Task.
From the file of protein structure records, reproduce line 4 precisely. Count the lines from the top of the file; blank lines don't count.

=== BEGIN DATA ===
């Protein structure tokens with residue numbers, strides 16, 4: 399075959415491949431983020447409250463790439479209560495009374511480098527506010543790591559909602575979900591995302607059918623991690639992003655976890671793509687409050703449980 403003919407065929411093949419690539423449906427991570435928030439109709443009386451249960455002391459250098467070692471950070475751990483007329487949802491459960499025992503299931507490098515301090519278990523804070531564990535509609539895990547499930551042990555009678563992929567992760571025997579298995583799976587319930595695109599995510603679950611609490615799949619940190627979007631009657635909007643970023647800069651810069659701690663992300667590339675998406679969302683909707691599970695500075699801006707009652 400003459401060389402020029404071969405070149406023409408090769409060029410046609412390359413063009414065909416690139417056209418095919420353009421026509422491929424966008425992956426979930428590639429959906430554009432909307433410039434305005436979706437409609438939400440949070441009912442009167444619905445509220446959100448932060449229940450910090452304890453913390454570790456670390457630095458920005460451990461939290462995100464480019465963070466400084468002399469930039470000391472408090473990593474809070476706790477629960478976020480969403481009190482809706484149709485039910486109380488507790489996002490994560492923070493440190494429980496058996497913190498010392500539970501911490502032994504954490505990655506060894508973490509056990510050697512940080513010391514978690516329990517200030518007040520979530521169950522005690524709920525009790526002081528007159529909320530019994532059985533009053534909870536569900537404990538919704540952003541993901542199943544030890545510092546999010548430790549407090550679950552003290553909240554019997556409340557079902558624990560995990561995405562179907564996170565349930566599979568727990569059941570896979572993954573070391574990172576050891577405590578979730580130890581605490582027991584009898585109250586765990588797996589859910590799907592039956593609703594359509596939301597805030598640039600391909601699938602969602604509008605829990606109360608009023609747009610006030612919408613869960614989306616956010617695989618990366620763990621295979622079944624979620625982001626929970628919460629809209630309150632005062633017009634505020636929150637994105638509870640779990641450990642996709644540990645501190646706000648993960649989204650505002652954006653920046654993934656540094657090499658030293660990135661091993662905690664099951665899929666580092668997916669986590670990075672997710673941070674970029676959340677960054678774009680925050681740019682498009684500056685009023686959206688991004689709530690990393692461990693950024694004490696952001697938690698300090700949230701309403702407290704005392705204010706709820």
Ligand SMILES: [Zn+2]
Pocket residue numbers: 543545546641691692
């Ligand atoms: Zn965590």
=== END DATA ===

């Ligand atoms: Zn965590």